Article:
For decades, the average tenure of chief marketing officers at the nation’s biggest brands slipped. By 2006 it bottomed at a scant 23.2 months, according to the annual CMO tenure study conducted by executive search firm Spencer Stuart.
But in a stunning reversal that started several years ago and seems to be accelerating, the average CMO tenure has hit 45 months (3.8 years) – nearly double what it was in 2006 – according to Spencer Stuart’s latest (2013) study. That’s a remarkable recovery that has yet to sink in. The Spencer Stuart survey is based on CMO tenure at the nation’s top 100 advertised brands which, according to AdAge, account for more than $100 billion in annual marketing spending. So that’s $100 billion in steadier hands as the revolving CMO door slows.
What’s Going On?
While several factors contribute to the CMO’s increasing “star power,” one major driver is the rise of advanced marketing analytics and data-driven marketing. A tectonic shift toward making marketing a technology- and data-driven discipline is having a major impact on the CMO role.
The move to inject new technical and predictive analytics capabilities into marketing organizations is, quite simply, paying off for CMOs and their organizations alike. This shift has allowed many chief marketers to tell a dramatically different and more compelling story to the rest of the C-suite. For example:
- How to best allocate resources across products, geographies, segments and channels
- How spending less can sometimes produce better results
- How social media marketing impacts ROI
- What the company can expect by adding such things as mobile and online video to a marketing mix
- How marketing is contributing to overall business goals and delivering shareholder value; among others
And all the while, as CMOs take on expanded and increasingly complex responsibilities, they are becoming more accountable than ever. This fosters better relationships with CFOs and CEOs and helps elevate CMO status.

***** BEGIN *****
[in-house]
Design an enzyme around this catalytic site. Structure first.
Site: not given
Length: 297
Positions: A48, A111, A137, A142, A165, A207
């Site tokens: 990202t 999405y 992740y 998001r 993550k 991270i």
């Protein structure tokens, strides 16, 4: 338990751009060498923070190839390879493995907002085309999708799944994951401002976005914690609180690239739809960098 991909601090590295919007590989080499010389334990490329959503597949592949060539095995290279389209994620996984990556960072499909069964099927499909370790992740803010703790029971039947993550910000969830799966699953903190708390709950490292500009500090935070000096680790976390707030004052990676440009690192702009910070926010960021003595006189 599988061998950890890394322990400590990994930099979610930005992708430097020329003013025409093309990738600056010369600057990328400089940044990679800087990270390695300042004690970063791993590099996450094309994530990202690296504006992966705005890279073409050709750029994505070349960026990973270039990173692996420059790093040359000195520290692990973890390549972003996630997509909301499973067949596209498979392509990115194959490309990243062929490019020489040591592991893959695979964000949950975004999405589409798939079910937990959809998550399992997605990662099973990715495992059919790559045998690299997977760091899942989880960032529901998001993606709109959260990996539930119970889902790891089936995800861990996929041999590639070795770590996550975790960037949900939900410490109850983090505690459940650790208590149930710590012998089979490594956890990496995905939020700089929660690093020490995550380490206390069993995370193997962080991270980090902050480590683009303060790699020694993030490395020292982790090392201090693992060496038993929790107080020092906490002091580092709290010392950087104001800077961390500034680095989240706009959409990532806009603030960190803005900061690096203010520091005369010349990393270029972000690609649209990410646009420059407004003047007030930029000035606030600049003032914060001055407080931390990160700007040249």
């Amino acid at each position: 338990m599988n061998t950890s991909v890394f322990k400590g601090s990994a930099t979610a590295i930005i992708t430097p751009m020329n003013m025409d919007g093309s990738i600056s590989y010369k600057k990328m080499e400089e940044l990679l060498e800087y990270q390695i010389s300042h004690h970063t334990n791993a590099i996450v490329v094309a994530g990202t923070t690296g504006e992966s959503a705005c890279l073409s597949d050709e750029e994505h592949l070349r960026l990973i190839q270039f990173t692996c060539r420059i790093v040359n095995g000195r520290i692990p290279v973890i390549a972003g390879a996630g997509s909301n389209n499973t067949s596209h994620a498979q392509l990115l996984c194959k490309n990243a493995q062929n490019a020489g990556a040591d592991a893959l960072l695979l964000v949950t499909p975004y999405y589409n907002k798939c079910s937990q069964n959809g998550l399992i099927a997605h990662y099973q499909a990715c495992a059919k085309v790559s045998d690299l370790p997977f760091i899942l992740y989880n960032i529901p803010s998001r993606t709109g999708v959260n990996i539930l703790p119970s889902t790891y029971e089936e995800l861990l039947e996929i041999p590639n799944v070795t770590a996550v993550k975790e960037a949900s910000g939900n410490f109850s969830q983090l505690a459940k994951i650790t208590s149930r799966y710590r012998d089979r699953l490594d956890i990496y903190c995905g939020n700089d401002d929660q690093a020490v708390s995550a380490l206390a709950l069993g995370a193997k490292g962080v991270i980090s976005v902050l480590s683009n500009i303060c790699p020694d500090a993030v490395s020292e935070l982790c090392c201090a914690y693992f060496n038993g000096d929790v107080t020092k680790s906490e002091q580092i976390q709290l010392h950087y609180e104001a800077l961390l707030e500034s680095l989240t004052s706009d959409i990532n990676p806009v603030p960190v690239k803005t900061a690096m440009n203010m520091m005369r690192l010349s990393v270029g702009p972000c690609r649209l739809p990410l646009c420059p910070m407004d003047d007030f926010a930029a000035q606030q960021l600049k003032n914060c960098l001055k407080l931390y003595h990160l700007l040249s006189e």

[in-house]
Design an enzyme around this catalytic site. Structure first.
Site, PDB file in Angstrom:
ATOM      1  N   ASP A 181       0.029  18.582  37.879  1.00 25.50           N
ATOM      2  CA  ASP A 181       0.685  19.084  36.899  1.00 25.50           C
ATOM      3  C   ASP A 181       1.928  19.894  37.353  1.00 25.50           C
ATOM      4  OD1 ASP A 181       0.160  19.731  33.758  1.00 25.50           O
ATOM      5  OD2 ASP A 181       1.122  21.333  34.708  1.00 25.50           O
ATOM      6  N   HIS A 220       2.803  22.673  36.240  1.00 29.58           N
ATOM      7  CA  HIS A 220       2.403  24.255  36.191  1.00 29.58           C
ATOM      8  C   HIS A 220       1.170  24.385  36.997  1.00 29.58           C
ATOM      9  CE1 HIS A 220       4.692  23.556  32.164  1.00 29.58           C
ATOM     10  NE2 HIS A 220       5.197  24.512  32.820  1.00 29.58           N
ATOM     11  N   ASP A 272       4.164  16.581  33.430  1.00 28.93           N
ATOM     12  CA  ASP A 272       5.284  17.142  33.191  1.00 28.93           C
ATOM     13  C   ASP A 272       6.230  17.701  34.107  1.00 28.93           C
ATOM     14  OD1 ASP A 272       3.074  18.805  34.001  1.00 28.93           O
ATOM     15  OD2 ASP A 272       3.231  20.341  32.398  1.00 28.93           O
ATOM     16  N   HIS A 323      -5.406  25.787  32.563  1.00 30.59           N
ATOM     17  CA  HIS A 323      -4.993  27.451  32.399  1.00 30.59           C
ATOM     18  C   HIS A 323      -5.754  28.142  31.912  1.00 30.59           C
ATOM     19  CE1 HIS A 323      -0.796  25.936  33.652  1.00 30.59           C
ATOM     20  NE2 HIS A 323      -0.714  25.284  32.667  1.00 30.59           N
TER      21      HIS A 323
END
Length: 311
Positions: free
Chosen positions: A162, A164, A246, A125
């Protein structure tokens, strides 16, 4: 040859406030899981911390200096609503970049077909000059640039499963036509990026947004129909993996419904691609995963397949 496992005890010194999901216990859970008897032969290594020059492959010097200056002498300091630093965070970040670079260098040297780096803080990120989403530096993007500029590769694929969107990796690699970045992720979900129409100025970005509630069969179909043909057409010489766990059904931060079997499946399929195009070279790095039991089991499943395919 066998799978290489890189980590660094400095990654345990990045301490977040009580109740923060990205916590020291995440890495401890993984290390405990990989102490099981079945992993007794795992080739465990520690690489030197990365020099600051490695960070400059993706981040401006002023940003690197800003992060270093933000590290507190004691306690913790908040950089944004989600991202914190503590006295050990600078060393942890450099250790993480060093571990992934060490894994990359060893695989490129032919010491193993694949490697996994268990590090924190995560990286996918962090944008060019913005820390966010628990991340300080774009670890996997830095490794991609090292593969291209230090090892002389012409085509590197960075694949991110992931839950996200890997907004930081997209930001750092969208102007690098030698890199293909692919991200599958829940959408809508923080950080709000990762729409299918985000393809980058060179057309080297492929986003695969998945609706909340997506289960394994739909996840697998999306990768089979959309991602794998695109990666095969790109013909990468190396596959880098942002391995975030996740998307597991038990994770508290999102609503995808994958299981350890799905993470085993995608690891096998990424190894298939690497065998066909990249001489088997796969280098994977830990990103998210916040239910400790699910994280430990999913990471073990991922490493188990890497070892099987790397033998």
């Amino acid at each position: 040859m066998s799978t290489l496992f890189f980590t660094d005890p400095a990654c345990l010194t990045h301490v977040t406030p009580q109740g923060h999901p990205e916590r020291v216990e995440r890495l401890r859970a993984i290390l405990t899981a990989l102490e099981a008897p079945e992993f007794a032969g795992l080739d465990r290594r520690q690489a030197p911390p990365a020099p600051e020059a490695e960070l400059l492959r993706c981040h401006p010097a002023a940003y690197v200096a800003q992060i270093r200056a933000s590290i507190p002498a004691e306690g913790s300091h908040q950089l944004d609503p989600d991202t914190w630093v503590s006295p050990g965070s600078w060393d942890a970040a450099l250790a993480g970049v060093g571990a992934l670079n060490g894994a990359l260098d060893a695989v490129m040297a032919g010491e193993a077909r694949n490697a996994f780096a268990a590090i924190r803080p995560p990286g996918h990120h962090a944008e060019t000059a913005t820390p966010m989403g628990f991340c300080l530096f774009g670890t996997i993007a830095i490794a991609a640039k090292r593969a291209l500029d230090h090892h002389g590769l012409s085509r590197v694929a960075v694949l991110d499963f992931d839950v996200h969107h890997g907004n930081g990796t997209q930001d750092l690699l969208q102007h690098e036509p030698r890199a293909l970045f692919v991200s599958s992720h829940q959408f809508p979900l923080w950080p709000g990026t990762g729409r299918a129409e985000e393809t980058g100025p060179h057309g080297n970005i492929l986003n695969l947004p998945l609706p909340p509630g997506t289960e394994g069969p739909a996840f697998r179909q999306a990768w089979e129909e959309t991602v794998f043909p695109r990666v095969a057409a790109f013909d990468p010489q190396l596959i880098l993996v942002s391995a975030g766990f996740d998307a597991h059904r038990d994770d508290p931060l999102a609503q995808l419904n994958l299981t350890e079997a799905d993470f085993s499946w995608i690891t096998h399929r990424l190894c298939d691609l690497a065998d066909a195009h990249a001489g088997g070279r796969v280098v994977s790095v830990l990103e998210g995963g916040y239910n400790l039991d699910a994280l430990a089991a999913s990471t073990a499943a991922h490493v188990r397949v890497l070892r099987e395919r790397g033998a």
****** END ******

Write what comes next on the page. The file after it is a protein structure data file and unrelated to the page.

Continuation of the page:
Greg Welch, who initiated Spencer Stuart’s first CMO tenure study nearly 10 years ago, sees the CMO role finally coming of age. “The marketing function and its impact today are much more compelling given the emergence of new technologies and ‘modern marketing,’” says Welch. (Here at MarketShare, we’ve used the term CMO 2.0 to describe this new breed of major brand marketer.)
CMO roles have become more complex and now carry more strategic responsibilities. Brand marketing’s role has become broader than ever as organizations realize that – due in part to search, social media and other digital factors – marketing must be involved in all client and customer touch points because they are all now interrelated.
Marketing Science Joins Marketing Art
As marketing science and analytics gain impact and importance, marketing’s ability to demonstrate value increases along with its Board Room recognition. CMOs who lead integration of data-driven thinking and marketing analytics practices and technologies become more indispensable to the organization.
All this leads to the inescapable fact that the strategic importance of marketing in the C-suite is expanding, says Scott Brinker, who speaks about technology’s role in marketing to CMO audiences worldwide and writes the Chief Marketing Technologist blog. “Marketers are evolving from sergeants of tactical communications to generals of strategic customer development.”
Brinker sees this increasingly confident and secure CMO 2.0 as a master “Marketer-Scientist” who is equal parts storyteller, data analyst, brand champion, experimentalist, experience designer, technologist, change agent and systems thinker.
Blending in Big Data
And far from blowing away CMOs, the big data revolution is breathing new life into the role. The best are quickly acquiring, adapting and adopting analytics technologies and capabilities to extract real value from that data deluge. They are leading efforts at their companies to integrate analytics, sophisticated attribution techniques and data-driven thinking into the organizational DNA. As Brinker notes, they are looking to data not just for confirmation, but as a tool for uncovering new insights about their customers.
It was just last year that the Economist Intelligence Unit issued a report called Outside Looking In: The CMO Struggles to get in sync with the C-suite which described the CMO’s mandate as “muddled.” This report, based on a global survey of top executives, argued that the main problem CMOs continue to face is one of perception. Not only do they serve many masters, the role also differs widely by industry, so filling the perception gap is tricky.
But any disconnect between CMOs and the C-suite appears to be on the mend. And at least some CMOs are smiling more these days.
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